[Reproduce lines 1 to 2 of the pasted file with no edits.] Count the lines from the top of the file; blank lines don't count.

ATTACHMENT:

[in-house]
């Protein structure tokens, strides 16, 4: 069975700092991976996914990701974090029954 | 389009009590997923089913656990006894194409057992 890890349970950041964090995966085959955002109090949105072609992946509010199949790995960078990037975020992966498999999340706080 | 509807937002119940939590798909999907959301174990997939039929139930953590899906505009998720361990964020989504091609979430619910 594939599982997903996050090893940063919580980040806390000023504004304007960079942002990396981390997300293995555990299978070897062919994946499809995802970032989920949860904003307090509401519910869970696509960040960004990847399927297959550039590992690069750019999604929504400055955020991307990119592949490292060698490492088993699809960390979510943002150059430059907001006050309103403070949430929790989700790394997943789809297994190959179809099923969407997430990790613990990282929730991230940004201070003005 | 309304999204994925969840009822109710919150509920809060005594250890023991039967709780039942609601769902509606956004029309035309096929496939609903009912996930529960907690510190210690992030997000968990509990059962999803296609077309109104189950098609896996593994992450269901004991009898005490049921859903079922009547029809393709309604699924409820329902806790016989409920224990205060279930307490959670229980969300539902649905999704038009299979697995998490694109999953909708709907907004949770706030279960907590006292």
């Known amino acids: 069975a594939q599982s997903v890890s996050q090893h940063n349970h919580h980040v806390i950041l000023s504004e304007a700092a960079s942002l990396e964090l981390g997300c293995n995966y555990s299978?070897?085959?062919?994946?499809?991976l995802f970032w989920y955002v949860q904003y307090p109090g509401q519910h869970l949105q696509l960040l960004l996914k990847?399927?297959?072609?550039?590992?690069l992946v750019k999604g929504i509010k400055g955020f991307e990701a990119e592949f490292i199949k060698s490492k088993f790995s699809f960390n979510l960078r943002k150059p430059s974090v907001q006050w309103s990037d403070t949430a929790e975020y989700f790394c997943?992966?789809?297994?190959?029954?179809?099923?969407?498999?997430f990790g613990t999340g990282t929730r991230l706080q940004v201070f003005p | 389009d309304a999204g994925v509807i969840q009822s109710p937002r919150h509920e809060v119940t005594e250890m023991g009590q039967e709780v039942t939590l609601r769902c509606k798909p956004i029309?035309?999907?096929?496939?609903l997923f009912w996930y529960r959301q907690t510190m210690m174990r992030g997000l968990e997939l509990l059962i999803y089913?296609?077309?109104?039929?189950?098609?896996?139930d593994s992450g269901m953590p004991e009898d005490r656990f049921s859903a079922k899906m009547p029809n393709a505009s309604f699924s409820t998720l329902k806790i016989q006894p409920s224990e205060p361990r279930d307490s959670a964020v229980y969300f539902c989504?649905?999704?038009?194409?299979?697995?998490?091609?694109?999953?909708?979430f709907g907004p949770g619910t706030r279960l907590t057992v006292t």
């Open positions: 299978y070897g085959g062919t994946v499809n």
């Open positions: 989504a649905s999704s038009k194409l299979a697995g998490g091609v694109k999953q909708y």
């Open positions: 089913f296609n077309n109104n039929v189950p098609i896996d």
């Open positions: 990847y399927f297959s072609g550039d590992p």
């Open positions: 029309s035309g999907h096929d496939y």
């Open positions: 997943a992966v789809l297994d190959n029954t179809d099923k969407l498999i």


[in-house]
């Protein structure tokens, strides 16, 4: 069975700092991976996914990701974090029954 | 389009009590997923089913656990006894194409057992 890890349970950041964090995966085959955002109090949105072609992946509010199949790995960078990037975020992966498999999340706080 | 509807937002119940939590798909999907959301174990997939039929139930953590899906505009998720361990964020989504091609979430619910 594939599982997903996050090893940063919580980040806390000023504004304007960079942002990396981390997300293995555990299978070897062919994946499809995802970032989920949860904003307090509401519910869970696509960040960004990847399927297959550039590992690069750019999604929504400055955020991307990119592949490292060698490492088993699809960390979510943002150059430059907001006050309103403070949430929790989700790394997943789809297994190959179809099923969407997430990790613990990282929730991230940004201070003005 | 309304999204994925969840009822109710919150509920809060005594250890023991039967709780039942609601769902509606956004029309035309096929496939609903009912996930529960907690510190210690992030997000968990509990059962999803296609077309109104189950098609896996593994992450269901004991009898005490049921859903079922009547029809393709309604699924409820329902806790016989409920224990205060279930307490959670229980969300539902649905999704038009299979697995998490694109999953909708709907907004949770706030279960907590006292």